Sprouts, Shake Shack, Sweetgreen Join Stockdale's $550 Million Redevelopment of Former Westfield Mall
By Lou Hirsh CoStar News August 24, 2023 | 3:36 P.M.
Developer Stockdale Capital Partners landed its first retail tenants as part its $550 million overhaul of a former downtown San Diego mall into a mixed-use office campus.
The developer announced the signing of grocer Sprouts Farmers Market, Studio Three Fitness, beauty services provider Salon Republic and fast-growing restaurant chains Shake Shack and Sweetgreen. Financial and size details on the leases were not disclosed.
Los Angeles-based Stockdale acquired the former Westfield Horton Plaza mall in 2018 and is now under construction on a massive project known as The Campus at Horton that is intended to bring new office and retail businesses to the high-profile downtown site near the Gaslamp Quarter.
“These tenants recognize that Horton’s proximity to downtown’s favorable demographics, densifying residential community and overall demand for a curated retail hub make it an ideal location for ensuring their success,” Stockdale Managing Director Jeff Bhathal said in a statement. “This initial tenant mix makes it absolutely clear: this activation of new retail offerings in the downtown San Diego market is here and is long overdue.”
Stockdale remains in talks with other tenants to lease spaces. The 10-acre project aims to replace what was a fading mall with numerous vacancies into a mixed-use project that could accommodate life science among other office tenants. No office tenants have been announced since construction began in 2020.
Public Spaces Developers also seek to serve a growing downtown residential population with new retail and entertainment offerings along with public gathering spaces.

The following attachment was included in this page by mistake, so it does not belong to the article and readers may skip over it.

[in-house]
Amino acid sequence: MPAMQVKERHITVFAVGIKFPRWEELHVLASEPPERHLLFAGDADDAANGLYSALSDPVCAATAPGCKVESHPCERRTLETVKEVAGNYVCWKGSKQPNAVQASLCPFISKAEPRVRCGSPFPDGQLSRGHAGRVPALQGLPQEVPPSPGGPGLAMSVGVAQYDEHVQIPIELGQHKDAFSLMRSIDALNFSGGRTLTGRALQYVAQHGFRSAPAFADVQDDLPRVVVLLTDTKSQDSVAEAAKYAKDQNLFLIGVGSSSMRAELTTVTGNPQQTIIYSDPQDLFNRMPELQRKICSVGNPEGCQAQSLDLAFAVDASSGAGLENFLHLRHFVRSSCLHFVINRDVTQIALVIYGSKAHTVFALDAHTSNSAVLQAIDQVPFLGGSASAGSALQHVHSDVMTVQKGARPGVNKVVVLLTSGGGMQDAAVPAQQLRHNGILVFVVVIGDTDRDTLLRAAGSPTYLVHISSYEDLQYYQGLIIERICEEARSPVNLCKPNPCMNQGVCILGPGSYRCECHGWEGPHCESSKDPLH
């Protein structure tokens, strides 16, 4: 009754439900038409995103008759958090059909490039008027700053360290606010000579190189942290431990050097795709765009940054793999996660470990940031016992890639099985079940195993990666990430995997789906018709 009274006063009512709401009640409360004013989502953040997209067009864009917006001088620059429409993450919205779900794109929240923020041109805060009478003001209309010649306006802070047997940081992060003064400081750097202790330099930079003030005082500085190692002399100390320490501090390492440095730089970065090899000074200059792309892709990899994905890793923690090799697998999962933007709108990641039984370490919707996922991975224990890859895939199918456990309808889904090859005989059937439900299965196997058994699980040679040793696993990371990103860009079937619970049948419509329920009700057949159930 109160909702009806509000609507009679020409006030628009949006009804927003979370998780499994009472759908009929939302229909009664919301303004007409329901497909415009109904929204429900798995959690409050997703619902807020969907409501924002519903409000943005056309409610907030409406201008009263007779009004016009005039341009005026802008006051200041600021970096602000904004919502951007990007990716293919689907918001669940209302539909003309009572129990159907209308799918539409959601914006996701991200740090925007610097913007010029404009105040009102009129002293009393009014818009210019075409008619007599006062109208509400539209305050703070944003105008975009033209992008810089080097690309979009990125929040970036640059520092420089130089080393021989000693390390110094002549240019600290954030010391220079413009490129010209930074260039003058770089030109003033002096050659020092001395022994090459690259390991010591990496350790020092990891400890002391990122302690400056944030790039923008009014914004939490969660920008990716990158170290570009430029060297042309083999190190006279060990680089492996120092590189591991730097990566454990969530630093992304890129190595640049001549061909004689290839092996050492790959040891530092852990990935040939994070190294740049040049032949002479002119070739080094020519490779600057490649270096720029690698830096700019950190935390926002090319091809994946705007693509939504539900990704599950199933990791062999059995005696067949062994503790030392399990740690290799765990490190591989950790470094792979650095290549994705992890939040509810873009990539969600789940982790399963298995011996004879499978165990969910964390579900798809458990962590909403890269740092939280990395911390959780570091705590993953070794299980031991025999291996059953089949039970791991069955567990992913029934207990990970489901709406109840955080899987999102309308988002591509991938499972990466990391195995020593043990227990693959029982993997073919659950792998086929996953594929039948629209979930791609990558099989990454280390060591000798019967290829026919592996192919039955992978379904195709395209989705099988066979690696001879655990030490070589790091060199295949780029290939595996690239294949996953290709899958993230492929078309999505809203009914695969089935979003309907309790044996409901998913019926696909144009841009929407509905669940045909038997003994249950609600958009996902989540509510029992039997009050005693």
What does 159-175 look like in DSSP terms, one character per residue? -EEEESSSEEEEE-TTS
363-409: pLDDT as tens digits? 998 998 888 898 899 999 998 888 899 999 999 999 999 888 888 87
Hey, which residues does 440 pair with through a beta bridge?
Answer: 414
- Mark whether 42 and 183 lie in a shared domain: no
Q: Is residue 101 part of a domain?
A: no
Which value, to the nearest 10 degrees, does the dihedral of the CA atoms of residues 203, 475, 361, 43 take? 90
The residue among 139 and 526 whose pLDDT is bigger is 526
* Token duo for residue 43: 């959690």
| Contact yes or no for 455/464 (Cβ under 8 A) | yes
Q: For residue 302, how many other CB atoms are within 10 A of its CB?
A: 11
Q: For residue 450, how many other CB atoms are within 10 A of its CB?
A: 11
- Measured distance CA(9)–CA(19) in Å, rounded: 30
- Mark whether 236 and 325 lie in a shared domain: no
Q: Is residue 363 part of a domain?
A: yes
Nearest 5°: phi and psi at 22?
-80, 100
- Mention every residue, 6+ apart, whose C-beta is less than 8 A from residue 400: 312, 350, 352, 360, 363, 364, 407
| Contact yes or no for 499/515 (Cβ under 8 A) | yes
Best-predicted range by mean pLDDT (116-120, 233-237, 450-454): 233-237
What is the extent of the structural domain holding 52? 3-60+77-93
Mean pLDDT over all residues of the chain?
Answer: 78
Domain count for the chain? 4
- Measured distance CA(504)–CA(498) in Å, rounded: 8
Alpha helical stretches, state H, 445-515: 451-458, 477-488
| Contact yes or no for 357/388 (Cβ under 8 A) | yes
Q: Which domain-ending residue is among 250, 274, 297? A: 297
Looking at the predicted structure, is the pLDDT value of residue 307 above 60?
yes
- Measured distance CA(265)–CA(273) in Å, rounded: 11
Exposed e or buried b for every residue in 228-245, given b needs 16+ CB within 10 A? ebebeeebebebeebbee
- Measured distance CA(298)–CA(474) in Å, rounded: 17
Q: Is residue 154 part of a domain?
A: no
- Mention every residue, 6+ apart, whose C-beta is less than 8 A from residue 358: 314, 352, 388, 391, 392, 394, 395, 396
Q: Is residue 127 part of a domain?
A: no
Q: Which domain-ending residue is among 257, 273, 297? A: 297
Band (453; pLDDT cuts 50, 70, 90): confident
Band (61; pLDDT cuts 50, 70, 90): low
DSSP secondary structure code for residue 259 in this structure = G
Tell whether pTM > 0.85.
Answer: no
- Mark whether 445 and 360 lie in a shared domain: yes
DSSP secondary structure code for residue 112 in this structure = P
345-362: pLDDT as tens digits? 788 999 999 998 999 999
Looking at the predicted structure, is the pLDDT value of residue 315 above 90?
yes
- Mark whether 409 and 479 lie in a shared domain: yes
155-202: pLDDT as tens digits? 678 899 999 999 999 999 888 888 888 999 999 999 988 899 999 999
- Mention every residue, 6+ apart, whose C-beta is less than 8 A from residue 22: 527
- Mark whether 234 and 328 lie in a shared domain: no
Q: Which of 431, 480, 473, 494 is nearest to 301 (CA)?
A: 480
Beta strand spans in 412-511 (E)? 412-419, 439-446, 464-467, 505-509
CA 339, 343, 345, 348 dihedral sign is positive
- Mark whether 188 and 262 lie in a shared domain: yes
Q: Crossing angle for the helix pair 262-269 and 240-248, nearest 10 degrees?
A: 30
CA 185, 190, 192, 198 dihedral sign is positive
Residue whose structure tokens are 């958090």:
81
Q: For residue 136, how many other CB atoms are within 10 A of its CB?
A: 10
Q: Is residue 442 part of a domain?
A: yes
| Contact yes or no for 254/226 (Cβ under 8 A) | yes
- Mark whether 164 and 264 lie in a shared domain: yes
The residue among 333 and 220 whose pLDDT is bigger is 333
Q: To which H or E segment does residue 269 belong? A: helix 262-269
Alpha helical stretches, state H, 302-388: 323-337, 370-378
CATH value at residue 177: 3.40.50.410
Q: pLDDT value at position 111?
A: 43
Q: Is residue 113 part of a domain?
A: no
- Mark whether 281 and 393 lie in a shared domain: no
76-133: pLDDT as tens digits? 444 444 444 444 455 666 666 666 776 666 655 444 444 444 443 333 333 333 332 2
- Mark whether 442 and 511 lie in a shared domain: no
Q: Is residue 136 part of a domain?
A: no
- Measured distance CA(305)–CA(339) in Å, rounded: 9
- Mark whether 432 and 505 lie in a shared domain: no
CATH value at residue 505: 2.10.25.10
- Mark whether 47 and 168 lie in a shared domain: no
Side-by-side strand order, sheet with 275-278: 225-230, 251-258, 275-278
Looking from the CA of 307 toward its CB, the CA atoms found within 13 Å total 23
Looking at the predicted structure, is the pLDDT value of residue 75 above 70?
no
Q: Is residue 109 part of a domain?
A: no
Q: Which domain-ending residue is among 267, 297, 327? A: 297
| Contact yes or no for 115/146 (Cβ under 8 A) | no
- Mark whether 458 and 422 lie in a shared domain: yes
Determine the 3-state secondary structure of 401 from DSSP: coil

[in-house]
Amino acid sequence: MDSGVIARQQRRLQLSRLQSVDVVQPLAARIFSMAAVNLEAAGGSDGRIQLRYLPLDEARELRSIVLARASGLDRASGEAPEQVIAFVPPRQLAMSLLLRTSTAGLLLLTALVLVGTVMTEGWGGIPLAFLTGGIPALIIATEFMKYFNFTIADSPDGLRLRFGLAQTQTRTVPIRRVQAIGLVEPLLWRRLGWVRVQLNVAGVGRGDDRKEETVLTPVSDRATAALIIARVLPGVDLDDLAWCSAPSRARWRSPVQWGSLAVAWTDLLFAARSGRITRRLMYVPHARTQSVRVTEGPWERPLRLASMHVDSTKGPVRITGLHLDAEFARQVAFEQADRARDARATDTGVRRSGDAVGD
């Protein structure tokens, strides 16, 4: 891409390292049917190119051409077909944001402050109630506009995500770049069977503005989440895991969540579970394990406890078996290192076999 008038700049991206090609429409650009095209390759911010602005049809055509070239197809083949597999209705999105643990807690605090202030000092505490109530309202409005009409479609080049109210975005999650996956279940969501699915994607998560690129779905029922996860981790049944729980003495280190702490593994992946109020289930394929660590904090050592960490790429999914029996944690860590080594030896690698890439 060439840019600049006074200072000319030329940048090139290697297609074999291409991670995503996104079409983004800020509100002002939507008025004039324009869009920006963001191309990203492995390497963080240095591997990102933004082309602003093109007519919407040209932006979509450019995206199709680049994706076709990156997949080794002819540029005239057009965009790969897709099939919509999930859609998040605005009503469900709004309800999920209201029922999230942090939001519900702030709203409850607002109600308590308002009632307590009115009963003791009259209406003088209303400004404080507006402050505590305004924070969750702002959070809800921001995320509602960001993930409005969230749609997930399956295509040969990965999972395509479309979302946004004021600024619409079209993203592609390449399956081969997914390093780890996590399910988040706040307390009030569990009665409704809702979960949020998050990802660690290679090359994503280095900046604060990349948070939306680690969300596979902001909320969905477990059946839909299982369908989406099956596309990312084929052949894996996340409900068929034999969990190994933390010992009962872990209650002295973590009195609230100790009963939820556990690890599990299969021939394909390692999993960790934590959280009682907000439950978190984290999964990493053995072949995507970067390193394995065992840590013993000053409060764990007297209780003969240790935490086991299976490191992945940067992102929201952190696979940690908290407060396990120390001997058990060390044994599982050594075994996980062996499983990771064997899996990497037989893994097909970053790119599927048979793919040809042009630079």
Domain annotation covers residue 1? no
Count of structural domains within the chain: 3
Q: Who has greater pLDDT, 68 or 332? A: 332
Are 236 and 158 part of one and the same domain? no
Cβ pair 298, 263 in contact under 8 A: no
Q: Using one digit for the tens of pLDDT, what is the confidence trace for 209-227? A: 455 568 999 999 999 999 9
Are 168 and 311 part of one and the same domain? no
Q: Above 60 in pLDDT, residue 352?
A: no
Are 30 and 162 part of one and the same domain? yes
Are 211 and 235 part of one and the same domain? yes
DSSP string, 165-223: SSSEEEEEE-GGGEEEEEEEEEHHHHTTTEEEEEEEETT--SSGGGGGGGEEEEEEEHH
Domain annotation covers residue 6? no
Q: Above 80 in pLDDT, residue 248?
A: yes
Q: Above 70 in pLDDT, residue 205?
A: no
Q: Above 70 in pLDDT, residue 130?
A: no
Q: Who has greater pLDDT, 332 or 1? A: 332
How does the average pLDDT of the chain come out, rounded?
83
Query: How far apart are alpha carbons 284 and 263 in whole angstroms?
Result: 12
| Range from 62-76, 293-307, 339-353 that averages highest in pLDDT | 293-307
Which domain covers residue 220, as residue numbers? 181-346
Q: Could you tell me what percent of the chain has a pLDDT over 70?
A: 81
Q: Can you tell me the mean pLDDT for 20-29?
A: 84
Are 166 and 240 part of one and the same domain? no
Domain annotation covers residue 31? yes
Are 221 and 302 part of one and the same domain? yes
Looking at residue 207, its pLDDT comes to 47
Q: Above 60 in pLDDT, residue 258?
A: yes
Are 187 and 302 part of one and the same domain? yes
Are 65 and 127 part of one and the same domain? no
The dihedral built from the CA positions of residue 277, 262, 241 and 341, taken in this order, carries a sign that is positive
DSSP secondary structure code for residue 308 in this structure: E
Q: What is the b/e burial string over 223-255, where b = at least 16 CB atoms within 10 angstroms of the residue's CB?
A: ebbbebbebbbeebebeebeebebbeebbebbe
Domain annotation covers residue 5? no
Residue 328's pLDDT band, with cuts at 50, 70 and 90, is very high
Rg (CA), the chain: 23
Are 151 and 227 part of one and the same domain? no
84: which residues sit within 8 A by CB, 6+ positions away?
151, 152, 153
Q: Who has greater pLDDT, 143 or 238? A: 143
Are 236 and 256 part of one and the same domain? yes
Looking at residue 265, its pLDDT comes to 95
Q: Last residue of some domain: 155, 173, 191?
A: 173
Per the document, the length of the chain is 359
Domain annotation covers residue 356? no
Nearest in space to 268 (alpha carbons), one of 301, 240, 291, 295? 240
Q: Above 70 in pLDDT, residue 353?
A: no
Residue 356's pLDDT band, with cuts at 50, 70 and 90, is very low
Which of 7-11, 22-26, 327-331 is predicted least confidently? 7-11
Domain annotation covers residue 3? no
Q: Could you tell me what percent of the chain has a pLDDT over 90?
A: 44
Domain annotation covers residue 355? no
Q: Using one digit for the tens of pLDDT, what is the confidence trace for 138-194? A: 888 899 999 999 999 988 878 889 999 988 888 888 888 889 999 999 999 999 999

Most new elements are set for completion in late 2023 and early 2024. They include a 10-story life science tower at the site of a former Nordstrom, conversion of a former Mervyn’s store into a five-story, mixed-use office tower, and new retail, dining and entertainment offerings.
Developers are updating building facades and infrastructure with an on-site solar power micro grid, and upgrading traffic circulation to and from the project’s 2,200-stall parking structure. The mixed-use project will also include new outdoor dining and seating areas, and Stockdale plans to activate a 1.25-acre green space for communal gathering within an existing park next door to the former mall.
The entire project includes about 700,000 square feet of commercial space, including about 70,000 square feet of speculative life science space.
Stockdale is competing with other developers seeking to bring biotech and other office tenants to downtown San Diego at a time when that area, like other big-city urban cores, is struggling with historically high vacancy rates amid rising work-from-home trends spurred by the pandemic.
Life Science Biotech developer IQHQ, for instance, has a $1.5 billion life science campus under construction on the downtown waterfront and has yet to announce tenants. That’s in addition to other life science developers with large projects now underway in the region’s more established biotech hubs to the north, including Torrey Pines, University Town Center and Sorrento Mesa.
“Life science demand is primarily concentrated in North County surrounding the University of California San Diego area,” Joshua Ohl, CoStar’s senior director of market analytics in San Diego, said in a market report. “But IQHQ’s 1.75 million-square-foot research and development district project along the waterfront is scheduled to begin delivering this year and will mark a significant barometer of biotech demand in San Diego’s central business district.”
CoStar data as of Aug. 24 showed downtown San Diego’s office vacancy rate at 26%. Its availability rate, including sublease space, is now near a historic high of 38.1%. Downtown has a total of 2.7 million square feet of offices currently under construction, which could increase vacancy rates as those projects are completed.
The latest CoStar data showed downtown San Diego's retail metrics generally more positive than its office numbers, with vacancy at 8.7% and availability at 17.4%. Much of downtown’s retail development in recent years has stemmed from a slew of newly completed apartments, delivering new customers to local businesses.
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